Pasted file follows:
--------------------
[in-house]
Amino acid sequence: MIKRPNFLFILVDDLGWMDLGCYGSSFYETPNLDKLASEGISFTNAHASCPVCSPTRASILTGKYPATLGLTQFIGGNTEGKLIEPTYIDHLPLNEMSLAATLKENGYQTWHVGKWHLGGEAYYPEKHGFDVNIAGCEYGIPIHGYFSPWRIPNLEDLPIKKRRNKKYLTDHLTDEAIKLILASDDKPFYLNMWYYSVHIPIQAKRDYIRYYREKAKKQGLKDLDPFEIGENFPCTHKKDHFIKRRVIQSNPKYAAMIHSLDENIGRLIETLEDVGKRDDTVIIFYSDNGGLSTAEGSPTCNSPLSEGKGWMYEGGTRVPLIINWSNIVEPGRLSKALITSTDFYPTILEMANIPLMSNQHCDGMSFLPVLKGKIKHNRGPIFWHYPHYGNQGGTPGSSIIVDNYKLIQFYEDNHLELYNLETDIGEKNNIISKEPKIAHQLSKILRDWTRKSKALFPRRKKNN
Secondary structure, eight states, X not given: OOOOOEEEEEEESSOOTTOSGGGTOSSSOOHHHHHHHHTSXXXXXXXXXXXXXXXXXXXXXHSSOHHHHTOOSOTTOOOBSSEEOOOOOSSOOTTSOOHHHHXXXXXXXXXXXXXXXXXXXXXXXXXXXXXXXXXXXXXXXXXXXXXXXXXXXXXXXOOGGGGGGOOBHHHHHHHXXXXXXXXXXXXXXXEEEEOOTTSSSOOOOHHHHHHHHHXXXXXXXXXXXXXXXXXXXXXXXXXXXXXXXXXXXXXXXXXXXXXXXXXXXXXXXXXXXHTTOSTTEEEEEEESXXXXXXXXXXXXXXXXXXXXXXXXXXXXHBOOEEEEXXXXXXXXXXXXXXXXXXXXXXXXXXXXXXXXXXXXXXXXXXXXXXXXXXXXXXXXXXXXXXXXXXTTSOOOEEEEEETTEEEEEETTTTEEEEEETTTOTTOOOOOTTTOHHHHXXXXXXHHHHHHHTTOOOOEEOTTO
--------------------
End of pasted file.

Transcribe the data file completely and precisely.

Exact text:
[in-house]
Amino acid sequence: MIKRPNFLFILVDDLGWMDLGCYGSSFYETPNLDKLASEGISFTNAHASCPVCSPTRASILTGKYPATLGLTQFIGGNTEGKLIEPTYIDHLPLNEMSLAATLKENGYQTWHVGKWHLGGEAYYPEKHGFDVNIAGCEYGIPIHGYFSPWRIPNLEDLPIKKRRNKKYLTDHLTDEAIKLILASDDKPFYLNMWYYSVHIPIQAKRDYIRYYREKAKKQGLKDLDPFEIGENFPCTHKKDHFIKRRVIQSNPKYAAMIHSLDENIGRLIETLEDVGKRDDTVIIFYSDNGGLSTAEGSPTCNSPLSEGKGWMYEGGTRVPLIINWSNIVEPGRLSKALITSTDFYPTILEMANIPLMSNQHCDGMSFLPVLKGKIKHNRGPIFWHYPHYGNQGGTPGSSIIVDNYKLIQFYEDNHLELYNLETDIGEKNNIISKEPKIAHQLSKILRDWTRKSKALFPRRKKNN
Secondary structure, eight states, X not given: OOOOOEEEEEEESSOOTTOSGGGTOSSSOOHHHHHHHHTSXXXXXXXXXXXXXXXXXXXXXHSSOHHHHTOOSOTTOOOBSSEEOOOOOSSOOTTSOOHHHHXXXXXXXXXXXXXXXXXXXXXXXXXXXXXXXXXXXXXXXXXXXXXXXXXXXXXXXOOGGGGGGOOBHHHHHHHXXXXXXXXXXXXXXXEEEEOOTTSSSOOOOHHHHHHHHHXXXXXXXXXXXXXXXXXXXXXXXXXXXXXXXXXXXXXXXXXXXXXXXXXXXXXXXXXXXHTTOSTTEEEEEEESXXXXXXXXXXXXXXXXXXXXXXXXXXXXHBOOEEEEXXXXXXXXXXXXXXXXXXXXXXXXXXXXXXXXXXXXXXXXXXXXXXXXXXXXXXXXXXXXXXXXXXTTSOOOEEEEEETTEEEEEETTTTEEEEEETTTOTTOOOOOTTTOHHHHXXXXXXHHHHHHHTTOOOOEEOTTO